In Taiwan, there are numerous temples and all kinds of gods. Each god has a specific purpose and power. As new missionaries with OMF in Taiwan, we recently visited a temple that is dedicated to health and Baosheng Dadi, a medicine god. This god was a doctor during China’s Song dynasty. I call this temple “the doctor’s temple.”
In front of most temples in Taiwan is a large gate, which symbolizes the entrance to a spiritual realm.
Outside of this temple, there is a hotel for those visiting from out-of-town. In front of the temple is an oven to burn money for deceased relatives and a large table to leave offerings on, fruit or other food.
Like other temples, this one has three doors. People enter through the door on the right (known as the dragon door) and leave through the door on the left (the tiger door). The central door is reserved for the god’s use.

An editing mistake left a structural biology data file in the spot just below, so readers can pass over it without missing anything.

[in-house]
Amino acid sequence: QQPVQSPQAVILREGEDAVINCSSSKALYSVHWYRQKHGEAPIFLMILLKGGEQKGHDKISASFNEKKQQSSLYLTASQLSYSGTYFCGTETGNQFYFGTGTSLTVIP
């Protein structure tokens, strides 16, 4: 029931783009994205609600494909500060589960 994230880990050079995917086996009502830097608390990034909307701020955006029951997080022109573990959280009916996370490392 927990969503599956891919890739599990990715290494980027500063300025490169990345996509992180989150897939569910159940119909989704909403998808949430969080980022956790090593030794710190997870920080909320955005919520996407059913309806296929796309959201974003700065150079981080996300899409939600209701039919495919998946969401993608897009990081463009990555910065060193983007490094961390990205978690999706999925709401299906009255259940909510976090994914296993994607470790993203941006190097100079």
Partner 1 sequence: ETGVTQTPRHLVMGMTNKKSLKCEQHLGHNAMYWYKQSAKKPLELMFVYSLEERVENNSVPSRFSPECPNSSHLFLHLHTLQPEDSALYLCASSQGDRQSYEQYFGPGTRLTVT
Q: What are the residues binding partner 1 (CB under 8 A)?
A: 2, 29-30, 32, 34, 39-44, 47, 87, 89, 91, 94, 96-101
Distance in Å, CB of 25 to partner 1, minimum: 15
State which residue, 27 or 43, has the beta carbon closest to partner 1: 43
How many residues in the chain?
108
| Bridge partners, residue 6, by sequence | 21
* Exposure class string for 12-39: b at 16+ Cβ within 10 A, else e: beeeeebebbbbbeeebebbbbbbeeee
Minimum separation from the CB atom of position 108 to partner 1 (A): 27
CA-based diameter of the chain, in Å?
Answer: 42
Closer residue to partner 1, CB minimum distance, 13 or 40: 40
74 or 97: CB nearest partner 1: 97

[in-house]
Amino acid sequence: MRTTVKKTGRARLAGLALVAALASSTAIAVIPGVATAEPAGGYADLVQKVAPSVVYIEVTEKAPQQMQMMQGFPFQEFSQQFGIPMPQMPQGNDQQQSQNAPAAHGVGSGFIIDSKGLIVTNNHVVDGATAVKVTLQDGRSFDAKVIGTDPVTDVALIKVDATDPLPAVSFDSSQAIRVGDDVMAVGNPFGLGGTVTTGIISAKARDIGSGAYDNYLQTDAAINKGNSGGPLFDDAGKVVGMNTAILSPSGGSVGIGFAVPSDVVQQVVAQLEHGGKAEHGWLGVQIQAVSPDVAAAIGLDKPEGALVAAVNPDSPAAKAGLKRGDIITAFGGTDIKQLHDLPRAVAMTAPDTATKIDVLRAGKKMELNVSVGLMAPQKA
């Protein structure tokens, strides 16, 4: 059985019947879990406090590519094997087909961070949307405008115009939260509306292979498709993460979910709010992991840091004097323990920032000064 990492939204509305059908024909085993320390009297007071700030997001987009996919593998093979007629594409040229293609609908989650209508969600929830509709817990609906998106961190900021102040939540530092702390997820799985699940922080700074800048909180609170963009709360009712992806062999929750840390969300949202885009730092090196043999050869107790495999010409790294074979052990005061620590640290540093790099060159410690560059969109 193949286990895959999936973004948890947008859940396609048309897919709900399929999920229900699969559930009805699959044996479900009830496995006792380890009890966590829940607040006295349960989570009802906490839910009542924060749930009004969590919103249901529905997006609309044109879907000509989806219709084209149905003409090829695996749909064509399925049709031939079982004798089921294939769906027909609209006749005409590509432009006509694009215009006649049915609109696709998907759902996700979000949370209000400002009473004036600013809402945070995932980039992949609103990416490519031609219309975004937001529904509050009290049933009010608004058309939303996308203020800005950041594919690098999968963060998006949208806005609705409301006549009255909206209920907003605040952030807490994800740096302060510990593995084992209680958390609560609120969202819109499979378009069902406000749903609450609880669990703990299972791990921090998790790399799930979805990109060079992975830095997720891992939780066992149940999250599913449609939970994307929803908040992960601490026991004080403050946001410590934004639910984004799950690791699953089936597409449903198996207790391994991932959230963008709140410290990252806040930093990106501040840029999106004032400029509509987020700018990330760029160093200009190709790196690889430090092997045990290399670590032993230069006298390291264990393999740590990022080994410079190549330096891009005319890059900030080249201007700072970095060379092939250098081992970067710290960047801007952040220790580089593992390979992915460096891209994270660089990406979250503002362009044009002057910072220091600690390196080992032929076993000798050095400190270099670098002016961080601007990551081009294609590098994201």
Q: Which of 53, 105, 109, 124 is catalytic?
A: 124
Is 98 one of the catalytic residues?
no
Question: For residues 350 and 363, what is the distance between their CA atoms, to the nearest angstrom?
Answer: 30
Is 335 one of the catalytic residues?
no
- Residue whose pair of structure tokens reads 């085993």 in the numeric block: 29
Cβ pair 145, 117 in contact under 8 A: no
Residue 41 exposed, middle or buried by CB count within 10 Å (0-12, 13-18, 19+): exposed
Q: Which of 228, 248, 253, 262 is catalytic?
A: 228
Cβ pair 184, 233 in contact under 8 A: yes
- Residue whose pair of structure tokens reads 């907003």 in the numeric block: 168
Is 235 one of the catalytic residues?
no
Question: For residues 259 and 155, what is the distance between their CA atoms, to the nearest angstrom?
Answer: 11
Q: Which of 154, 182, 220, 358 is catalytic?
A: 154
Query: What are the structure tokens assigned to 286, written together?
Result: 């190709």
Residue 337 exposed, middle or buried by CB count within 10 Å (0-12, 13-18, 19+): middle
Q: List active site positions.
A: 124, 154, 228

Inside, Taiwanese troubled by sickness seek help and/or advice from Baosheng Dadi. In early days, the temple staff even wrote prescriptions. But today there are laws that forbid this. So, Taiwanese ask the god for advice on which hospital to go to for doctor appointments and surgery. Many people also ask Baosheng Dadi for healing.
People often donate money to the temple in an effort to obtain the god’s favour. This is regarded as a simple trade. If I give you this money, you’ll give me what I ask for.
As new missionaries, we are new to Taiwanese culture as well as to Taiwan’s languages. We want to deeply understand the worldviews and beliefs of the people we live among. Visiting temples like this one is a good way to learn about Taiwanese perspectives on religion.
– Chris, Culture & Language Learner